- By Native News Online Staff
Famed filmmaker Taika Waititi (“What We Do In the Shadows,” “Jojo Rabbit,” “Thor: Ragnarok”) has teamed up with Indigenous writer and director Sterlin Harjo (Seminole, Muscogee) for the creation of a comedy series titled “Reservation Dogs.”
The series will follow four Native American teens in rural Oklahoma as they commit and fight crime together, and will star D’Pharaoh Woon-A-Tai (“Creeped Out”) as Bear, Devery Jacobs (“American Gods”) as Elora Danan, Paulina Alexis (“Beans”) as Willie Jack, and Lane Factor as Cheese.
The pilot episode will feature guest appearances by Tamara Podemski (“Coroner”), Zahn McClarnon (“Fargo”), Kirk Fox (“Briarpatch”), Matty Cardarople (“A Series of Unfortunate Events”), Macon Blair, Dallas Goldtooth, Lil Mike and Funny Bone.
Like the rest of Harjo’s work, the show was shot in Oklahoma. The pilot was co-written by Harjo and Waititi. Harjo also directed the first episode. The pair will work as executive producers on “Reservation Dogs,” and they will be joined by Garrett Basch, who is a producer from another show made by Waititi, “What We Do in the Shadows,” which also airs on FX.
The series is informed by Harjo’s own experience as a Native person from Oklahoma.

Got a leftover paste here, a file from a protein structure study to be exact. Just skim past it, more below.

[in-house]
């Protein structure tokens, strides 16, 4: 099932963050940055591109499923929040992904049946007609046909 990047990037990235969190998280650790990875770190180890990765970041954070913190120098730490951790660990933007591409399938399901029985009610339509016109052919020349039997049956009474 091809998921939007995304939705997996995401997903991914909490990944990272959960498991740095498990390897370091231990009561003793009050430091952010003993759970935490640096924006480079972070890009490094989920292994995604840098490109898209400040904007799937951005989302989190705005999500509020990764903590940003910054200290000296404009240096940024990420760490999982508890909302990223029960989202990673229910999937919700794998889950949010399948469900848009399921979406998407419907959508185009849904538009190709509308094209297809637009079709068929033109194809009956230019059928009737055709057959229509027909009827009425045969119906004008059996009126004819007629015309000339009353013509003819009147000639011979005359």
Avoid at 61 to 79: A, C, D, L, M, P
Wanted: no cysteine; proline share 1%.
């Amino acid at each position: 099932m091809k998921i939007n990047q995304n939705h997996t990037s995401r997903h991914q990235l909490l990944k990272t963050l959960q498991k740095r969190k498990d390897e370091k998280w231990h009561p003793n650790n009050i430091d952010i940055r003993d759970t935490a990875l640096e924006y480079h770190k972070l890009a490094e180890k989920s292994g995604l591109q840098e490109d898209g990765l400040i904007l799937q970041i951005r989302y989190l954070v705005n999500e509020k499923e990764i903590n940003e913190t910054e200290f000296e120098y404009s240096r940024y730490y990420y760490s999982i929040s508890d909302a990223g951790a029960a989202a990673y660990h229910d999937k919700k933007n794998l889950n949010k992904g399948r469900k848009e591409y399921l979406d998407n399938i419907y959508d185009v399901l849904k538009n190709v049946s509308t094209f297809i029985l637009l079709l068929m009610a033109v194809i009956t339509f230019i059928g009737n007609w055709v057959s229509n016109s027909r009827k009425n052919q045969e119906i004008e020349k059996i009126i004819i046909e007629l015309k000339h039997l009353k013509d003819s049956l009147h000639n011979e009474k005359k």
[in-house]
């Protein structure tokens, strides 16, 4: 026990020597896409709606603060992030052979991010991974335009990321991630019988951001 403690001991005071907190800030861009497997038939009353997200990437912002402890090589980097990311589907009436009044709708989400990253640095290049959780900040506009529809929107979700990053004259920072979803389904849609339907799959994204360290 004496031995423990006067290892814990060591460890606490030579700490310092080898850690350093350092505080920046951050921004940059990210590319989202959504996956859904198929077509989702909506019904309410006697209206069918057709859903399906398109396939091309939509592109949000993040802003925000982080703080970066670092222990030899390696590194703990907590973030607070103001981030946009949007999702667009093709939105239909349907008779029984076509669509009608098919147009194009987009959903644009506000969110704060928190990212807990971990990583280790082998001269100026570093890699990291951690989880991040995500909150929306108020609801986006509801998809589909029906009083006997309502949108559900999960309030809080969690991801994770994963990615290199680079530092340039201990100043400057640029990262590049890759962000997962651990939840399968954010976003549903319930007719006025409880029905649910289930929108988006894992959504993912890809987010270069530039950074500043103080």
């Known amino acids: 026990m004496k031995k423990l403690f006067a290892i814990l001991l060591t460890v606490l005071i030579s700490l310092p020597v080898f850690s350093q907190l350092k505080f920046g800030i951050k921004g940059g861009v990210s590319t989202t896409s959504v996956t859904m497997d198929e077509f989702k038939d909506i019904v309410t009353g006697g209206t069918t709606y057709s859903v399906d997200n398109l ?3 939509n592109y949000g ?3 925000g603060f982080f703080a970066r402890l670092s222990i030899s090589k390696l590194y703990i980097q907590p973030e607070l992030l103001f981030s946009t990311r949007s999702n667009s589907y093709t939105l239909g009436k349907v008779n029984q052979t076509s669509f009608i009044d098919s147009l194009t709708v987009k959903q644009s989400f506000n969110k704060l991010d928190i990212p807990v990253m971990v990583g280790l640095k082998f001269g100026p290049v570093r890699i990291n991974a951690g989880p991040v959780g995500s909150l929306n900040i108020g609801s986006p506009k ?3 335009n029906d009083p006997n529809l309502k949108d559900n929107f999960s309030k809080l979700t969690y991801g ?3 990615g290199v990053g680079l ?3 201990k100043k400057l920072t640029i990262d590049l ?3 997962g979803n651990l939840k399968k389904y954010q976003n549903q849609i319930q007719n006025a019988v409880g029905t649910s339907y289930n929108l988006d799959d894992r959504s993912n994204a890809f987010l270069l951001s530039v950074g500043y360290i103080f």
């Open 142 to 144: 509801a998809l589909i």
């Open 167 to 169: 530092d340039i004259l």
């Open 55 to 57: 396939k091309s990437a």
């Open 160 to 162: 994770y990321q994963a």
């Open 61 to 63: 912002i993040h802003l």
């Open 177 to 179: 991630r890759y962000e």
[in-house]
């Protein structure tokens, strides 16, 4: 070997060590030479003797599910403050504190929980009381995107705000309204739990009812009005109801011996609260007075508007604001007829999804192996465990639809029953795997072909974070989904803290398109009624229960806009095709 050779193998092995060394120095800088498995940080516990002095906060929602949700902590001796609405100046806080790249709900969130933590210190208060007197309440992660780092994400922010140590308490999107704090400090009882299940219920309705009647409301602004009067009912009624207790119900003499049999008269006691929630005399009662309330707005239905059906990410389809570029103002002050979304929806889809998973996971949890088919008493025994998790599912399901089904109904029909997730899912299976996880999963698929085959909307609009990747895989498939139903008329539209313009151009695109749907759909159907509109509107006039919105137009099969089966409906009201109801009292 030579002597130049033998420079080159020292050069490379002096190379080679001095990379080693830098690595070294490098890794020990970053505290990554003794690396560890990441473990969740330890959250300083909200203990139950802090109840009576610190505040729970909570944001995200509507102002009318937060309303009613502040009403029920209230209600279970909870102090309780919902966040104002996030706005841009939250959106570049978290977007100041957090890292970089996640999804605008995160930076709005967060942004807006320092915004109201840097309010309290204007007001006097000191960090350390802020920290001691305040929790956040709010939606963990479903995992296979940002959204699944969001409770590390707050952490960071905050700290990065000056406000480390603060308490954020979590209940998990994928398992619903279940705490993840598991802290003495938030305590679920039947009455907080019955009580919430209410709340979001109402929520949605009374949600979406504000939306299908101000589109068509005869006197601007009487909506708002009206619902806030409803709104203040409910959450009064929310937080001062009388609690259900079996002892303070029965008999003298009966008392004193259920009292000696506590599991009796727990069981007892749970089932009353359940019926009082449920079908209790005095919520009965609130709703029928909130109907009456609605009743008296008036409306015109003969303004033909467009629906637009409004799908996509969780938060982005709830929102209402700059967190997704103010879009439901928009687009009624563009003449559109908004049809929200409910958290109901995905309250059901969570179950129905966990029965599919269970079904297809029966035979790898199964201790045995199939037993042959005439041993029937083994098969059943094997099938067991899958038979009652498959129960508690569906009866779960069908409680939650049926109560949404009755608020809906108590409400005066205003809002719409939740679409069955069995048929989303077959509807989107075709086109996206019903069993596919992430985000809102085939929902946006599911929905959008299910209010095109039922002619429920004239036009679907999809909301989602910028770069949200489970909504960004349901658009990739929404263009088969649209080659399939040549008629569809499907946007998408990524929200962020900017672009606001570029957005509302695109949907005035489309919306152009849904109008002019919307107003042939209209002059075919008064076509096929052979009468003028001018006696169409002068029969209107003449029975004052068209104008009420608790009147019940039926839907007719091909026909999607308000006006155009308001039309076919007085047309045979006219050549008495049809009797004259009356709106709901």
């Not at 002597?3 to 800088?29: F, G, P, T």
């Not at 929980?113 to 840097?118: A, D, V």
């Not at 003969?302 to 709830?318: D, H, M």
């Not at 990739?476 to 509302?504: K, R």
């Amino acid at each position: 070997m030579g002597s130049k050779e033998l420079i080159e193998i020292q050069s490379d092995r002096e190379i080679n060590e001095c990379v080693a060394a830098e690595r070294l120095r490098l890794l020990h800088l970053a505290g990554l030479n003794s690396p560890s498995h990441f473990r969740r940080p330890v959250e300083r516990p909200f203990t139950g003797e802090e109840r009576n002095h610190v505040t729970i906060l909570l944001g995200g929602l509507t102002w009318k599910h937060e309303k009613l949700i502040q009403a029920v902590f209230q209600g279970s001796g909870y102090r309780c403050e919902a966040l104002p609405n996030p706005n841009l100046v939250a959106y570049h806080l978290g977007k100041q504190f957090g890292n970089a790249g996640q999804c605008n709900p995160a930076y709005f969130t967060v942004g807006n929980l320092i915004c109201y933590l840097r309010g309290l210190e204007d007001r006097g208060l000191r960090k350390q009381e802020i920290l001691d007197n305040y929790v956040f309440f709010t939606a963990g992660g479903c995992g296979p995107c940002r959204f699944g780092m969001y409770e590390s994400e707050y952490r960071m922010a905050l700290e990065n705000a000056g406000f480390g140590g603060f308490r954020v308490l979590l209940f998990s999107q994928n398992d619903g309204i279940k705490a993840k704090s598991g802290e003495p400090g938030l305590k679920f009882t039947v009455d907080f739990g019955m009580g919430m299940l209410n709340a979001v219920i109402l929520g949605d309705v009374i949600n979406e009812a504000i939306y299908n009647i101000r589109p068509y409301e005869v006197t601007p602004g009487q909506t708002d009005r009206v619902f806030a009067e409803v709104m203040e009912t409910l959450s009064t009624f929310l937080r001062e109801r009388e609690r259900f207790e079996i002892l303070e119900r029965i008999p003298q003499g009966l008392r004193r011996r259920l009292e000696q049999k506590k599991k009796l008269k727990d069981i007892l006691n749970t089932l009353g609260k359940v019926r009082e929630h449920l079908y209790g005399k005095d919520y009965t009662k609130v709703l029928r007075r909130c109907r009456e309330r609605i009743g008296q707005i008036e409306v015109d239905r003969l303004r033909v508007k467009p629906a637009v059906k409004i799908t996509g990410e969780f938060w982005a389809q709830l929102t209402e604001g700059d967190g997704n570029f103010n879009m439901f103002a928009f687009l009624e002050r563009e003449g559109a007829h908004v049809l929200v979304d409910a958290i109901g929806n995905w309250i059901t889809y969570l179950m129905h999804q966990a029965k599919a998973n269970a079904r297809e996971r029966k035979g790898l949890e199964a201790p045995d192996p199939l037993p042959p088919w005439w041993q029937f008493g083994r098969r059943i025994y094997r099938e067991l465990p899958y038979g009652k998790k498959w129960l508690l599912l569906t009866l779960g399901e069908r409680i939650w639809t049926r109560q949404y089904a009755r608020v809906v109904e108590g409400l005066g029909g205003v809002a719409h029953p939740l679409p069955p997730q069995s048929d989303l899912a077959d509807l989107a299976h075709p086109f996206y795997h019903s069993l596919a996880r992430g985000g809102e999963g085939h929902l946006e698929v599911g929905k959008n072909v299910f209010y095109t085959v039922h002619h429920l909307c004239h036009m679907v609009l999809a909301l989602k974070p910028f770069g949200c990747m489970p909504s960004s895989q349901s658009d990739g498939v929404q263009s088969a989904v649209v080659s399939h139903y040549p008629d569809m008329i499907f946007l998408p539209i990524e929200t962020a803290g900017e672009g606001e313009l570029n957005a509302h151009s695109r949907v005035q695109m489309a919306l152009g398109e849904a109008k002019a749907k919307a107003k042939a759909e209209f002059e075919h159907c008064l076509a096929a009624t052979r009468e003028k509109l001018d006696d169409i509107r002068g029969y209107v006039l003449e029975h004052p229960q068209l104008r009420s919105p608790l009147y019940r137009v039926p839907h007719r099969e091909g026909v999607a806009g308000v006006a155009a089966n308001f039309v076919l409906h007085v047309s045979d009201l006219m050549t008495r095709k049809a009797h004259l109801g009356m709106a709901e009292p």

Harjo is celebrated in Native film circles –– a number of his films have premiered at the Sundance Film Festival, including his first feature film, “Four Sheets to the Wind,” which was nominated for the grand jury prize in 2007. He was also named best director at the American Indian Film Festival that year. His second film, “Barking Water,” premiered at Sundance in 2009, and was named best drama film at the American Indian Film Festival. His third feature, “Mekko,” premiered at the Los Angeles Film Festival in June 2015. He also made a documentary, titled “This May Be the Last Time,” which premiered at Sundance in 2014.
Waititi is from New Zealand and is of Māori and Jewish descent.
It is currently unknown when the show will air, but it is already being praised for bringing Indigenous stories and much-needed diversity to American television.
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